Monday, August 31, 2009

Normalizing Normal Birth, Part One

“You had a baby at home? But you’re so…”

People usually trail off at that point, leaving me unsure of what I am so…

Smart? Boring? Conservative? Liberal? Normal?

I think it’s normal. I seem so normal. But finding out I’ve had a baby at home with a midwife makes people step back and reassess. Because in our culture, normal birth is not normal. Clearly, my colored hair, average clothes and pathetically common soda habit must be some kind of ruse, a cover for my abnormal childbirth behavior. I seem so normal.

And the truth is, I am normal. I’m a pretty average woman, although I’ve been blessed with some extraordinary circumstances in my life. I have my babies the normal way, without unnecessary drugs and interventions, without surgery unless the situation becomes life-threatening. What’s so strange about that?

Except it is. We know it is. Few births happen out of hospital. In the US, close to a third of births involve major abdominal surgery, so many that many people believe cesarean birth is actually safer than normal birth, and don’t even count the “minor” surgical procedure of episiotomies that are performed with ridiculous, heedless regularity, like some sort of Western female circumcision rite. Most births occur in hospitals, are monitored, induced and anesthetized beyond the needs of normal birth, making birth in the US more dangerous than in most developed countries. That’s not normal.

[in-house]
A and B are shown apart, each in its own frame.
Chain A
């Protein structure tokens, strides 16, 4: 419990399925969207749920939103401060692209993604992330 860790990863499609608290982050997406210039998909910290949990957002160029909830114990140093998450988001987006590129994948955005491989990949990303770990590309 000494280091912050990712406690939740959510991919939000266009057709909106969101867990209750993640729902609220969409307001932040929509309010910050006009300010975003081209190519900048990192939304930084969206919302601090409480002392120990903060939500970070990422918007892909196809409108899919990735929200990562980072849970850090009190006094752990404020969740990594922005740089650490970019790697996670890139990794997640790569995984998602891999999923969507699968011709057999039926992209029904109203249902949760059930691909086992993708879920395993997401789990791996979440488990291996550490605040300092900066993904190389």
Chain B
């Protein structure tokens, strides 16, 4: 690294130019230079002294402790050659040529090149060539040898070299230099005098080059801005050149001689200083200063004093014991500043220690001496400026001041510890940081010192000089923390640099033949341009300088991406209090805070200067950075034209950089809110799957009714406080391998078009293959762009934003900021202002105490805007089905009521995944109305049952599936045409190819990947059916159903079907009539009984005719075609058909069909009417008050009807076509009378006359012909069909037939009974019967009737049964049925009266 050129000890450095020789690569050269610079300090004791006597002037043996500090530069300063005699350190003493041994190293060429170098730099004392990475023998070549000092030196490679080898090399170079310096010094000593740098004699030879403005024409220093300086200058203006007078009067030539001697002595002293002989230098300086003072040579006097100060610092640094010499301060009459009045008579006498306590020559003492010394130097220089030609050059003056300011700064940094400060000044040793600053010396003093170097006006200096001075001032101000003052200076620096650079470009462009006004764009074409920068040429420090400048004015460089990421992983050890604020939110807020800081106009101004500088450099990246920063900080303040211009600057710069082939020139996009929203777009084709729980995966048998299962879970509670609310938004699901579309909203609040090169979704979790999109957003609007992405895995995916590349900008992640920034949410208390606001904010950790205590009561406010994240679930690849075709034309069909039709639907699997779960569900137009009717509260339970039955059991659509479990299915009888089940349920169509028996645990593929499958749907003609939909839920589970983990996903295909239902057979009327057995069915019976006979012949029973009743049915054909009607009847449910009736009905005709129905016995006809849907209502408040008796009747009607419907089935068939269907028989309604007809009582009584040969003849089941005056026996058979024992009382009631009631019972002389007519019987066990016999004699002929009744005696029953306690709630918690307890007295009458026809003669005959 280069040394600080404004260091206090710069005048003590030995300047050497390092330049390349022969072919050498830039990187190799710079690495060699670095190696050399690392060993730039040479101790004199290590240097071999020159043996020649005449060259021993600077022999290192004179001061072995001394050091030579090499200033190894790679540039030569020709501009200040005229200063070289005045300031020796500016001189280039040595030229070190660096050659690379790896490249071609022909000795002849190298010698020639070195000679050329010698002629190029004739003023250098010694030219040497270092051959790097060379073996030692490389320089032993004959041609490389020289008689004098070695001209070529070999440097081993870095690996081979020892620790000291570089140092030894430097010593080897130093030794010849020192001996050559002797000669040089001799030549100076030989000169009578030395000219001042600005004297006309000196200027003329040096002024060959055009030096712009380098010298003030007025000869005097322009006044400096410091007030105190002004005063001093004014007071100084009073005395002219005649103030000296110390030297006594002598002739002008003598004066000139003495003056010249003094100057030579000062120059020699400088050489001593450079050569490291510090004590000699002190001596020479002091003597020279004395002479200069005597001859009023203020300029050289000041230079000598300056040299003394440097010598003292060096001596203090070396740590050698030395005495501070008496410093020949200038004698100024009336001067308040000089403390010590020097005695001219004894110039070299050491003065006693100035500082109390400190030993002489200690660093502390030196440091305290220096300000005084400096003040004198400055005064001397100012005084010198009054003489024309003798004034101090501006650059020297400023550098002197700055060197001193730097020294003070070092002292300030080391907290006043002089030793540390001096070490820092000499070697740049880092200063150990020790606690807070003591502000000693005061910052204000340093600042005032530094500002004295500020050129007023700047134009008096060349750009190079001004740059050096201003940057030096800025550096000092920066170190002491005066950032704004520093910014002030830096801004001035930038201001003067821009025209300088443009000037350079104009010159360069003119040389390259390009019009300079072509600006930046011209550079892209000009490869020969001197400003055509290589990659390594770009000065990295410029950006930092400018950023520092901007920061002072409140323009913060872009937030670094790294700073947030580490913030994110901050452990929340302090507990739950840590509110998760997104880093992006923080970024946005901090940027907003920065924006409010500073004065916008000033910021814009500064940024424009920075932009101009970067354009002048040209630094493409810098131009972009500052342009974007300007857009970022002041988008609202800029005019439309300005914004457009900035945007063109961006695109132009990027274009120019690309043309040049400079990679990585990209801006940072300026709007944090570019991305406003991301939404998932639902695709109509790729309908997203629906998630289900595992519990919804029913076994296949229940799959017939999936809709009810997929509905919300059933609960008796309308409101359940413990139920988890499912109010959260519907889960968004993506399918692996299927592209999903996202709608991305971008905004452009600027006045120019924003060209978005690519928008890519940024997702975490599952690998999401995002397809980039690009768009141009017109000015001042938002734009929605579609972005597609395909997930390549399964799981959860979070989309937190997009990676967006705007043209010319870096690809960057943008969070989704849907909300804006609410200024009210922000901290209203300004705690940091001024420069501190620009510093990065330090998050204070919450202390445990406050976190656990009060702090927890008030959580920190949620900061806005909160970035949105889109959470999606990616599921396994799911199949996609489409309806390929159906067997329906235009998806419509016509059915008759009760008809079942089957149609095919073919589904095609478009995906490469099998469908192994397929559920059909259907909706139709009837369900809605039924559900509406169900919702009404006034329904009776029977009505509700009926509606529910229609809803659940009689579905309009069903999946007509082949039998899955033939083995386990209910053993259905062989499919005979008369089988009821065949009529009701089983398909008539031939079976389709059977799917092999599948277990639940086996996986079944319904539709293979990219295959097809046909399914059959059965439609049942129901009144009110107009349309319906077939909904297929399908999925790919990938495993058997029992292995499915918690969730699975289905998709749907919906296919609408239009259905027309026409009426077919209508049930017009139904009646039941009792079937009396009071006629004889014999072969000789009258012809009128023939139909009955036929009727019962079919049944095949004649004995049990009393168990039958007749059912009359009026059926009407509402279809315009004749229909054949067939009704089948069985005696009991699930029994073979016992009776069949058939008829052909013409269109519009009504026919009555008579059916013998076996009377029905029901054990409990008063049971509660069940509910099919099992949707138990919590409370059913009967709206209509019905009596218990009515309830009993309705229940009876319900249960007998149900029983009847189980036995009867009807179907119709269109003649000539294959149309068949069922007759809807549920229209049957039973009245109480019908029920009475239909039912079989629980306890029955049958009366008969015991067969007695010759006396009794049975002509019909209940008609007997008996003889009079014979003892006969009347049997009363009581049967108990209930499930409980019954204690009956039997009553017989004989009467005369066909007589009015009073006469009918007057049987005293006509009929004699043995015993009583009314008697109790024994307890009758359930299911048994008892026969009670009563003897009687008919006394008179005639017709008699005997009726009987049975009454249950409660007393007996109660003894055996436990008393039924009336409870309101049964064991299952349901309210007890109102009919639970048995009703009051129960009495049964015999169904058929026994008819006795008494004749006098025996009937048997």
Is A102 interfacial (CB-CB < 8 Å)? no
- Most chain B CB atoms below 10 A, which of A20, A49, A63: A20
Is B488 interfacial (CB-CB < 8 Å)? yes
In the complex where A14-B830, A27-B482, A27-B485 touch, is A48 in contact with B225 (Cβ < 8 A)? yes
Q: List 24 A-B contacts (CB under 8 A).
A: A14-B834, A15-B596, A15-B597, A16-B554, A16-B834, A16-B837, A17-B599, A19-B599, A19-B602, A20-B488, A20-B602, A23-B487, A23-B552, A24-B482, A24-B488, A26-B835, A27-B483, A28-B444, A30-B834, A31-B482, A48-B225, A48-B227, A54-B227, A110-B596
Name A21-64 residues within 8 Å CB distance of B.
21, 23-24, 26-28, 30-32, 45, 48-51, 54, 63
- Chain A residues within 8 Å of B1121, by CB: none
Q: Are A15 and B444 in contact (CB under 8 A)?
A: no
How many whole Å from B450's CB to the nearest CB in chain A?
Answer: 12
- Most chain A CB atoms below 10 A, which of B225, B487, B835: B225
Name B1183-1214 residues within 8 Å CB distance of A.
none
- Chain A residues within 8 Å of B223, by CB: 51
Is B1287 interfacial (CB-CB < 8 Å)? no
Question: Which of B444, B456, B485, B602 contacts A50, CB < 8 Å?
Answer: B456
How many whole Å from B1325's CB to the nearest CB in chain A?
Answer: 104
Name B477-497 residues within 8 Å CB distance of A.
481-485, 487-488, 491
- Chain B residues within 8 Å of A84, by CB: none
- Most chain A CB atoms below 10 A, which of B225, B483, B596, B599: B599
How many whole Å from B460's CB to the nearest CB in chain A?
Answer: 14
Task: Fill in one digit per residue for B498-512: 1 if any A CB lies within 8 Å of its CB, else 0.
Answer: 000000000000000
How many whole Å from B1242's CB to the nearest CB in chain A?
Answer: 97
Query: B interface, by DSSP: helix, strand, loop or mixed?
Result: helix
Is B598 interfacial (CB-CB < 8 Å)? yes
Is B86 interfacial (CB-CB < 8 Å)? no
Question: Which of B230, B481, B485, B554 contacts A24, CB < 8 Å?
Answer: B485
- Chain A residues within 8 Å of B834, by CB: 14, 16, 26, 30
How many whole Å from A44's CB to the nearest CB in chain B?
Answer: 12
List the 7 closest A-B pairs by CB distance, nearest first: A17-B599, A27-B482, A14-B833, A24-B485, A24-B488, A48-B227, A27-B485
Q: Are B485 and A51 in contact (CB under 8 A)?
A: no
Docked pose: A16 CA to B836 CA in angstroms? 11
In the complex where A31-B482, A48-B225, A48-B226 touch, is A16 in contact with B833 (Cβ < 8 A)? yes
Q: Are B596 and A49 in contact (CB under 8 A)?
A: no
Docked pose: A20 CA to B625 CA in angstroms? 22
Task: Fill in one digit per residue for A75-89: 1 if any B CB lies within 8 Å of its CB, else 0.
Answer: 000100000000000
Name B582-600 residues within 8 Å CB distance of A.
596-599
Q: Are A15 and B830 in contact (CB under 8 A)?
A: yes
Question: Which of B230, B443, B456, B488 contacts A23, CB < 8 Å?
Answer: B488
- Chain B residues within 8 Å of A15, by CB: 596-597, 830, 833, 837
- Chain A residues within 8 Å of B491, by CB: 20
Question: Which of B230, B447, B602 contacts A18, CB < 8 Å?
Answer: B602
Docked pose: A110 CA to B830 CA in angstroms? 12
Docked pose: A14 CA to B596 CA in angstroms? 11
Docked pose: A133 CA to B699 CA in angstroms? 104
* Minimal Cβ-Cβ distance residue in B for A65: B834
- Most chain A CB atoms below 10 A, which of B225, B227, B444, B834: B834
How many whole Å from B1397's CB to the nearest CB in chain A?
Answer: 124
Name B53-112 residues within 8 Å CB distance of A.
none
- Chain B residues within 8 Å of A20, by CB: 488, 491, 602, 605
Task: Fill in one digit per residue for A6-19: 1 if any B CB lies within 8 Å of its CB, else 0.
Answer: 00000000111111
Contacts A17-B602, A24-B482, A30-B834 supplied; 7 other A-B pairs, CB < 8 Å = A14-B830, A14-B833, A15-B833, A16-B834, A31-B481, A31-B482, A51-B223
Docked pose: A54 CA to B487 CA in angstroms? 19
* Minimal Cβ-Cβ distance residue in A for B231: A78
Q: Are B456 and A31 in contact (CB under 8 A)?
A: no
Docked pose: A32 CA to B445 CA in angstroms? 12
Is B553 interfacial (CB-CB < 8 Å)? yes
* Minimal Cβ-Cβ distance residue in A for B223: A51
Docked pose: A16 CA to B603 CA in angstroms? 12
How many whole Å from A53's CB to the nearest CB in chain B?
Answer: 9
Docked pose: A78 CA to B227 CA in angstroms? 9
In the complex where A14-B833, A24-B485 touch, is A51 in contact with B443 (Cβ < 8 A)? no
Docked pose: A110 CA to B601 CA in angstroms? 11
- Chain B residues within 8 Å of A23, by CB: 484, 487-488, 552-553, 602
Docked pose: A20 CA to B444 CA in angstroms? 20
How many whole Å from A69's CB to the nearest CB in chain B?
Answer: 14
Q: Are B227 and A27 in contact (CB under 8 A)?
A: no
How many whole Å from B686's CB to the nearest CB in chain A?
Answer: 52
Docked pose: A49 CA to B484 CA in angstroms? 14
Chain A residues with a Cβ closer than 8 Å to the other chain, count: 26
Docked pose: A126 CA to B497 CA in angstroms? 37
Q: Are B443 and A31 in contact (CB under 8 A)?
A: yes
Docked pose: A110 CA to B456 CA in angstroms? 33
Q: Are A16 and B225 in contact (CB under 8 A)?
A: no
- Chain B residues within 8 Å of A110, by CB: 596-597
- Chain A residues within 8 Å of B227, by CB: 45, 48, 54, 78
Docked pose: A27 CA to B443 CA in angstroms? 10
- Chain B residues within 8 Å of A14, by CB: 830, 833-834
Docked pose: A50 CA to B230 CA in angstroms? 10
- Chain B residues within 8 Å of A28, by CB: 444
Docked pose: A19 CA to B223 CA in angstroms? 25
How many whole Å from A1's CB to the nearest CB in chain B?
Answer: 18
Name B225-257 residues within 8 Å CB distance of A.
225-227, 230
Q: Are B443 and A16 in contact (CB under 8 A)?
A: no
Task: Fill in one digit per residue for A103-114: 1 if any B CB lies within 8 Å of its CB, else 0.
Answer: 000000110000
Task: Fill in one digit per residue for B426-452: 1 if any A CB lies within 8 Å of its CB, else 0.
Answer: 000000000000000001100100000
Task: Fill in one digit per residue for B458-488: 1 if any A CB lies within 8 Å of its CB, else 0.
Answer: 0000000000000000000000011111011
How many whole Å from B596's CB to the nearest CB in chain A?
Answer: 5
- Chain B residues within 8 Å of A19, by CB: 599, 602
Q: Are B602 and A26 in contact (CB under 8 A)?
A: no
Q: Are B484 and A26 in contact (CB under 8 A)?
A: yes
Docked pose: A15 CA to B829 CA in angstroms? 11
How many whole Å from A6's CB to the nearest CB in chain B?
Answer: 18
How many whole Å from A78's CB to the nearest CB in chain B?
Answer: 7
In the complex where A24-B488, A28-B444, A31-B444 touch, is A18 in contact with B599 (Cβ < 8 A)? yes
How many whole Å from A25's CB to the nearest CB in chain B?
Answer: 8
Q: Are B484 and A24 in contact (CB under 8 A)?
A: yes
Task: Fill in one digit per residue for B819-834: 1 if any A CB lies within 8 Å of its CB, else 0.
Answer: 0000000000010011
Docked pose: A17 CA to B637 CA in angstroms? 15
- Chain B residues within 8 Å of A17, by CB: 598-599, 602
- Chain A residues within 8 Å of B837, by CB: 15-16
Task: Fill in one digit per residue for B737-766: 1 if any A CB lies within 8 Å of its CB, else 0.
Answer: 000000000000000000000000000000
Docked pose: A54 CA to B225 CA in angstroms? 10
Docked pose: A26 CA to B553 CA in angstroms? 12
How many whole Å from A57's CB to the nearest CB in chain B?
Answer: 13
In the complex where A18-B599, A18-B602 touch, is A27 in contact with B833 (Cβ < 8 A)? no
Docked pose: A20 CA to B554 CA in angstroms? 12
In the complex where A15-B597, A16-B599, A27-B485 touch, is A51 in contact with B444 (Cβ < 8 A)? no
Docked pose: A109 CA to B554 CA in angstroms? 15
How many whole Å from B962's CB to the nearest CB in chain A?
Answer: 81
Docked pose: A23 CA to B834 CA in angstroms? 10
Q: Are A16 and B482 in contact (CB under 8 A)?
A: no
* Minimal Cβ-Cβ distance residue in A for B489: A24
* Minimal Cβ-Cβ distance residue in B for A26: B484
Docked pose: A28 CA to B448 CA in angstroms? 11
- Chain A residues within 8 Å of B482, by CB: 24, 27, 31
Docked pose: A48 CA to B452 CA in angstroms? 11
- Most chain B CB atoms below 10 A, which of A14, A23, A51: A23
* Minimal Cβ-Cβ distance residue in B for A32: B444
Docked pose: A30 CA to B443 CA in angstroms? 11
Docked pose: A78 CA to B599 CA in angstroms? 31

So how do we bring normal birth back into cultural normalcy and make it not only accepted, but expected? How does this change happen?

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